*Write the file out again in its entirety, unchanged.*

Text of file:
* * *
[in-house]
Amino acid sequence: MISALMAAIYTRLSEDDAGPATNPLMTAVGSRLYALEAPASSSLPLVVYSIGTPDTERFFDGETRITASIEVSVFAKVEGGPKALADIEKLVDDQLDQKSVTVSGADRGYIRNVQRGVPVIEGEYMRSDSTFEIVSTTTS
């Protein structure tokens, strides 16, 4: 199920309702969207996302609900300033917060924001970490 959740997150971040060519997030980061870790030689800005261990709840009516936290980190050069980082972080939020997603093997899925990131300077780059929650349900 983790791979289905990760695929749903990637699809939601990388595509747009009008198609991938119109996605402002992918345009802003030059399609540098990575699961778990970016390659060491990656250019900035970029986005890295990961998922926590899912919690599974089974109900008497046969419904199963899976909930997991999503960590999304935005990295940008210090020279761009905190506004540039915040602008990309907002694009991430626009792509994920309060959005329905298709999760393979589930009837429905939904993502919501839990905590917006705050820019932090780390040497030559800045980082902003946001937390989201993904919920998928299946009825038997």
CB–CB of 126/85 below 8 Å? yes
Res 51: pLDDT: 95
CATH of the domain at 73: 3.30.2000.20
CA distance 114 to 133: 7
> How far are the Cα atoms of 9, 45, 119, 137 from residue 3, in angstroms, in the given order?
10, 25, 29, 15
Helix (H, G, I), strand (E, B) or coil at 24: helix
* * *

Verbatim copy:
[in-house]
Amino acid sequence: MISALMAAIYTRLSEDDAGPATNPLMTAVGSRLYALEAPASSSLPLVVYSIGTPDTERFFDGETRITASIEVSVFAKVEGGPKALADIEKLVDDQLDQKSVTVSGADRGYIRNVQRGVPVIEGEYMRSDSTFEIVSTTTS
């Protein structure tokens, strides 16, 4: 199920309702969207996302609900300033917060924001970490 959740997150971040060519997030980061870790030689800005261990709840009516936290980190050069980082972080939020997603093997899925990131300077780059929650349900 983790791979289905990760695929749903990637699809939601990388595509747009009008198609991938119109996605402002992918345009802003030059399609540098990575699961778990970016390659060491990656250019900035970029986005890295990961998922926590899912919690599974089974109900008497046969419904199963899976909930997991999503960590999304935005990295940008210090020279761009905190506004540039915040602008990309907002694009991430626009792509994920309060959005329905298709999760393979589930009837429905939904993502919501839990905590917006705050820019932090780390040497030559800045980082902003946001937390989201993904919920998928299946009825038997």
CB–CB of 126/85 below 8 Å? yes
Res 51: pLDDT: 95
CATH of the domain at 73: 3.30.2000.20
CA distance 114 to 133: 7
> How far are the Cα atoms of 9, 45, 119, 137 from residue 3, in angstroms, in the given order?
10, 25, 29, 15
Helix (H, G, I), strand (E, B) or coil at 24: helix